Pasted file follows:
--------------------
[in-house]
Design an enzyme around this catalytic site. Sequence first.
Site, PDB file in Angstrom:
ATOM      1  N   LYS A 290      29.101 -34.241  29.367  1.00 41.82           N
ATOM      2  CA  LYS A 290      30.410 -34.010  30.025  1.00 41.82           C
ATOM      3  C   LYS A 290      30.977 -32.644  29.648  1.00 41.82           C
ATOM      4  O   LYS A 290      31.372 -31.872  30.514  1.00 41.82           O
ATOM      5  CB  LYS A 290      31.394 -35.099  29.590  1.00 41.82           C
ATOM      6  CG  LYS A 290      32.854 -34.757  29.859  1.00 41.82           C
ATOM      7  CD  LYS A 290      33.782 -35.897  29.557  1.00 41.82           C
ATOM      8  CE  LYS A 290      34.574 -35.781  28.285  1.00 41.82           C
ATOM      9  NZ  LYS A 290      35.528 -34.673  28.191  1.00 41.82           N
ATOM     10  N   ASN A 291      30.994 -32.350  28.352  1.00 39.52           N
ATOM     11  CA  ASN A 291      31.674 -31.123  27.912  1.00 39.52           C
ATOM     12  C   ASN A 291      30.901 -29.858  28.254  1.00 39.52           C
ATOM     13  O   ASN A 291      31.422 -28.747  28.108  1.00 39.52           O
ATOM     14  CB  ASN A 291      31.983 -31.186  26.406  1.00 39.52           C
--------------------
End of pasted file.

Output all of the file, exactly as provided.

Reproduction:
[in-house]
Design an enzyme around this catalytic site. Sequence first.
Site, PDB file in Angstrom:
ATOM      1  N   LYS A 290      29.101 -34.241  29.367  1.00 41.82           N
ATOM      2  CA  LYS A 290      30.410 -34.010  30.025  1.00 41.82           C
ATOM      3  C   LYS A 290      30.977 -32.644  29.648  1.00 41.82           C
ATOM      4  O   LYS A 290      31.372 -31.872  30.514  1.00 41.82           O
ATOM      5  CB  LYS A 290      31.394 -35.099  29.590  1.00 41.82           C
ATOM      6  CG  LYS A 290      32.854 -34.757  29.859  1.00 41.82           C
ATOM      7  CD  LYS A 290      33.782 -35.897  29.557  1.00 41.82           C
ATOM      8  CE  LYS A 290      34.574 -35.781  28.285  1.00 41.82           C
ATOM      9  NZ  LYS A 290      35.528 -34.673  28.191  1.00 41.82           N
ATOM     10  N   ASN A 291      30.994 -32.350  28.352  1.00 39.52           N
ATOM     11  CA  ASN A 291      31.674 -31.123  27.912  1.00 39.52           C
ATOM     12  C   ASN A 291      30.901 -29.858  28.254  1.00 39.52           C
ATOM     13  O   ASN A 291      31.422 -28.747  28.108  1.00 39.52           O
ATOM     14  CB  ASN A 291      31.983 -31.186  26.406  1.00 39.52           C